Rabbi Aaron Goldstein
13 February 2020
Moses was up Sinai for 40 days and 40 nights, Noah was cooped up in an Ark while it rained for 40 days; and the ancient rabbis (Pirkei Avot 5) understood 40 to denote an age of wisdom. So it seemed appropriate to count to 40 before commenting on what might otherwise be a whim.
When one is ill-disciplined, there is nothing like committing to a daily project lasting 7 and a half years. On nothing more than an impulse, and much to the amusement of some, I responded to the news that a new cycle of Daf Yomi – reading a page of Talmud each day – was beginning by signing up to myjewishlearning.com/get-your-daily-dose-of-talmud/ and tabletmag.com/author/takeone podcast expecting that to be all I would consume.
Yet I have found myself being consumed by the stimulation of learning each day… even getting slightly twitchy if, for work, family, and life reasons I run a day late.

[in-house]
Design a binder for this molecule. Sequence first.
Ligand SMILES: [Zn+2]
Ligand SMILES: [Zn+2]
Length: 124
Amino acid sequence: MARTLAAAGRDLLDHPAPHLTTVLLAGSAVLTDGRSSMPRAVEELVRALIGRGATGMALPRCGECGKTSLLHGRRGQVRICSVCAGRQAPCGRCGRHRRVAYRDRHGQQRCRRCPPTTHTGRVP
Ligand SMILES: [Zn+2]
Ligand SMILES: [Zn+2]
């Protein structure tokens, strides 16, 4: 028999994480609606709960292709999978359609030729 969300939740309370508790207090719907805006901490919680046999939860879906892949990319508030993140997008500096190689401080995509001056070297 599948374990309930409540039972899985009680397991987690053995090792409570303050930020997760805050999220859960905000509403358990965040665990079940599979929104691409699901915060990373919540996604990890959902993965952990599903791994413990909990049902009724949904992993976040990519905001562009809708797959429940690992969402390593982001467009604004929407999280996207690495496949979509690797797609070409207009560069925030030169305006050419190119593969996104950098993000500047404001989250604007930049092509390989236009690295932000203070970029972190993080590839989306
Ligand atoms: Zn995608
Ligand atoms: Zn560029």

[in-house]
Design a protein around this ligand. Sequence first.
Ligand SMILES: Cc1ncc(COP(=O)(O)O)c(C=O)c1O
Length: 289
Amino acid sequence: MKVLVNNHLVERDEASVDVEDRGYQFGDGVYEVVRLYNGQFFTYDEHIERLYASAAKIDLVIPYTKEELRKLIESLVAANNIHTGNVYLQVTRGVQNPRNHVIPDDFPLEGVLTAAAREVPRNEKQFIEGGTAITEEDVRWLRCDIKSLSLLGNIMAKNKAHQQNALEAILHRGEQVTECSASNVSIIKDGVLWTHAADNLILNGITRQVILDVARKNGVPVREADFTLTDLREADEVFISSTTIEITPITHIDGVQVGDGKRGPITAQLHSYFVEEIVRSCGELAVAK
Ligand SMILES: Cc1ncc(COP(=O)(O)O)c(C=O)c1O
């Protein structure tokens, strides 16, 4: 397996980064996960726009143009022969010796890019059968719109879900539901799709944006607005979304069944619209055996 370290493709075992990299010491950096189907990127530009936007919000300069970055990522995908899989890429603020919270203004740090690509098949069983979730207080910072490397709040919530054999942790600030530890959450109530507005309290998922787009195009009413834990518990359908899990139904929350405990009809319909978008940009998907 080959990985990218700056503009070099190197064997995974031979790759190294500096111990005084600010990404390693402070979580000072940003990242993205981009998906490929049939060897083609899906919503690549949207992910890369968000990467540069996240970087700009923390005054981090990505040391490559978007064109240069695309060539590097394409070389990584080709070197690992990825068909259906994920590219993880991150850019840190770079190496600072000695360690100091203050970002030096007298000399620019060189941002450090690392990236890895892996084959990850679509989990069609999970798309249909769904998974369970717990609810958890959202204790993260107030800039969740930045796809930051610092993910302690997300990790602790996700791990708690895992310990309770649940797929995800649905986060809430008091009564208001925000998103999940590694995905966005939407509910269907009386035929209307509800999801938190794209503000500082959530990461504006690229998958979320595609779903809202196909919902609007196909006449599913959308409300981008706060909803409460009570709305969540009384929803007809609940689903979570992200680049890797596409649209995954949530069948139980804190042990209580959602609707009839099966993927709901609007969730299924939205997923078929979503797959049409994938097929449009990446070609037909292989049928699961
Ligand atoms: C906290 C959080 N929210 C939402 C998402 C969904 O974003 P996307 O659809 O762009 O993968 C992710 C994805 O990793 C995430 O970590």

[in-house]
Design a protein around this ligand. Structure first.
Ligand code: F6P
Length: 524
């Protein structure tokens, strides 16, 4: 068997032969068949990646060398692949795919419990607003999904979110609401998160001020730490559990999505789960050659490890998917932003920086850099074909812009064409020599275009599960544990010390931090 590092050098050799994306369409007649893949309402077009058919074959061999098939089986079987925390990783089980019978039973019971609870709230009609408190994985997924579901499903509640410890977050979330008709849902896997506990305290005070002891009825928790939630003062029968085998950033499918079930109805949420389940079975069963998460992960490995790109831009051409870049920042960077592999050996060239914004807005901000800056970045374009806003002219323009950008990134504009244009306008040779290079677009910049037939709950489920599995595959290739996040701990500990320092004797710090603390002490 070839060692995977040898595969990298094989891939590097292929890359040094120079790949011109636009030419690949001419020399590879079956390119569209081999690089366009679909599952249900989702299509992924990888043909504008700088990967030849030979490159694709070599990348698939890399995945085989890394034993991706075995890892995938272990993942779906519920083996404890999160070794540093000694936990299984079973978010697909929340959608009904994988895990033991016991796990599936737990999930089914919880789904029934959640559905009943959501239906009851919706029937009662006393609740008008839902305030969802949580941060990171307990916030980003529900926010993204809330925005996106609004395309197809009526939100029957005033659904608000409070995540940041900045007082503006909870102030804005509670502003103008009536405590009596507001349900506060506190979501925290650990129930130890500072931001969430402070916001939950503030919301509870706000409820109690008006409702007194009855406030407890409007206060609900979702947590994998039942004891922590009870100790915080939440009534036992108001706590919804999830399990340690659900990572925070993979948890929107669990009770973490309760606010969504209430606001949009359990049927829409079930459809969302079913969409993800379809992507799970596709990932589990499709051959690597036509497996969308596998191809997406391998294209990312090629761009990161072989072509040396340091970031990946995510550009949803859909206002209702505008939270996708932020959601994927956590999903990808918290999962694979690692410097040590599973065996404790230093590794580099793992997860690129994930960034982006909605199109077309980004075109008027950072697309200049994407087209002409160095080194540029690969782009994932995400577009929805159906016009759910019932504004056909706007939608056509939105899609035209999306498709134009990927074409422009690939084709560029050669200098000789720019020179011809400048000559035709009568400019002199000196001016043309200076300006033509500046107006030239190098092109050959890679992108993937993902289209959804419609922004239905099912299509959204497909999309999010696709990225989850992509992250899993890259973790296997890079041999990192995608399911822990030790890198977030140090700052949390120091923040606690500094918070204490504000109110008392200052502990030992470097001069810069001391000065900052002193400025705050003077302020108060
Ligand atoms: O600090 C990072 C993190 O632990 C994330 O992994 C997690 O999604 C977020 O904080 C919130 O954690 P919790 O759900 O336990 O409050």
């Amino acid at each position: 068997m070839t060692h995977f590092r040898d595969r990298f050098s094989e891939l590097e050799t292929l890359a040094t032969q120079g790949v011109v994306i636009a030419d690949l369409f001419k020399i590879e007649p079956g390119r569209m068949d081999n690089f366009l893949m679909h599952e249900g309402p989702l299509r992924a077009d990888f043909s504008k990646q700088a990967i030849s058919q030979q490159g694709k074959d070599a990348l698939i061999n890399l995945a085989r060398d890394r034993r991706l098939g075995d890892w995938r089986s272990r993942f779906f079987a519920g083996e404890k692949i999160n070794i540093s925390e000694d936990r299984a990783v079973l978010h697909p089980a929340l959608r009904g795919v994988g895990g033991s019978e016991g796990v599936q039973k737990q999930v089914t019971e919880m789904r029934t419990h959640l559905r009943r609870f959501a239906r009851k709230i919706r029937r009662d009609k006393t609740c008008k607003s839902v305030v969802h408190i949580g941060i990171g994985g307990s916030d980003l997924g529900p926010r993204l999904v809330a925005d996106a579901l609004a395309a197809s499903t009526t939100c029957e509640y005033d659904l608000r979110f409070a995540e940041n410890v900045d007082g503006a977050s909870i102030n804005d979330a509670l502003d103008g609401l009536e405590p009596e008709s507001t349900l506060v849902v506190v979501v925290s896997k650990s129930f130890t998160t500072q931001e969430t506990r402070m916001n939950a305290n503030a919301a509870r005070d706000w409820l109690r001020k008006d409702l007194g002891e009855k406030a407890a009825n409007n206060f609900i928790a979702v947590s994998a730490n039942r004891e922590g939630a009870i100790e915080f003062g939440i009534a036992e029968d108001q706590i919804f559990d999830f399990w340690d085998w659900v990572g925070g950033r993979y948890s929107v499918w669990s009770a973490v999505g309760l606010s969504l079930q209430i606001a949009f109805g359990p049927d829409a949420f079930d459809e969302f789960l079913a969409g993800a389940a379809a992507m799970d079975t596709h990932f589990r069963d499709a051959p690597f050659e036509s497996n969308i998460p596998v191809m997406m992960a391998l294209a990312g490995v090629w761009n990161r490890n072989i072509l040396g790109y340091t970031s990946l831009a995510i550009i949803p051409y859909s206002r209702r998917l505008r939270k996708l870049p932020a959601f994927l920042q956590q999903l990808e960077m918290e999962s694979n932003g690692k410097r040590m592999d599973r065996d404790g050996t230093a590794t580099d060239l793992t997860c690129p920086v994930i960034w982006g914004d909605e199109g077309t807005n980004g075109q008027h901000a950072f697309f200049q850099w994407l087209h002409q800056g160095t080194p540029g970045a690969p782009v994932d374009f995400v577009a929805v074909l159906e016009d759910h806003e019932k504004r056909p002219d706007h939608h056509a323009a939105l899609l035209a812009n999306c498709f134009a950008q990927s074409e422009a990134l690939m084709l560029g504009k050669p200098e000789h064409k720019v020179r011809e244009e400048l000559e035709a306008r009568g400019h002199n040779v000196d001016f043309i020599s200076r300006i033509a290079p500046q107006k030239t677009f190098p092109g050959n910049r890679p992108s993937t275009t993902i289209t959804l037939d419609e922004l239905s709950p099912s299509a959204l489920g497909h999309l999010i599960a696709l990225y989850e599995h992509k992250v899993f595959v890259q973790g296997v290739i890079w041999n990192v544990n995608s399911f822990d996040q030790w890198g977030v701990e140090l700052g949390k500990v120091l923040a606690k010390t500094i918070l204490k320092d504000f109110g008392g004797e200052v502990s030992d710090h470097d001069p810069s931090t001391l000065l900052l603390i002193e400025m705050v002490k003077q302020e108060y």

So how does a Liberal Jewish rabbi read the Talmud? I’ll admit to an element of skim reading, especially when the argumentation becomes convoluted and repetitive. Yet increasingly have read each page – usually on sefaria.org and I have made a note of a potential sermon or study session, being led into a conversation spanning millennia with Rashi and Ramban, from Tarfon to the Tosafists.
A decent amount of the first 40 days in Tractate Berakhot – blessings – have concerned how and when to say the Shema, and latterly berakhot relating to food. As a – I am not sure what percentage but quite high – vegan, I have very much related to ancient rabbinic concerns for diet and the ‘medicinal’ properties of plants.
So to conclude this piece, the Talmudic (vegan) health tip of the day goes to Rav Mari who said that Rabbi Yochanan said: One who is accustomed to eat mustard once in thirty days prevents illnesses from afflicting his house. The Gemara comments: However, one should not eat mustard every day. What is the reason? Because it is deleterious in that it causes weakness of the heart.
Enjoy your Dijon or English but of course, in moderation.
Follow Rabbi Aaron’s Daf Yomi journey through his blogs on the Liberal Judaism website
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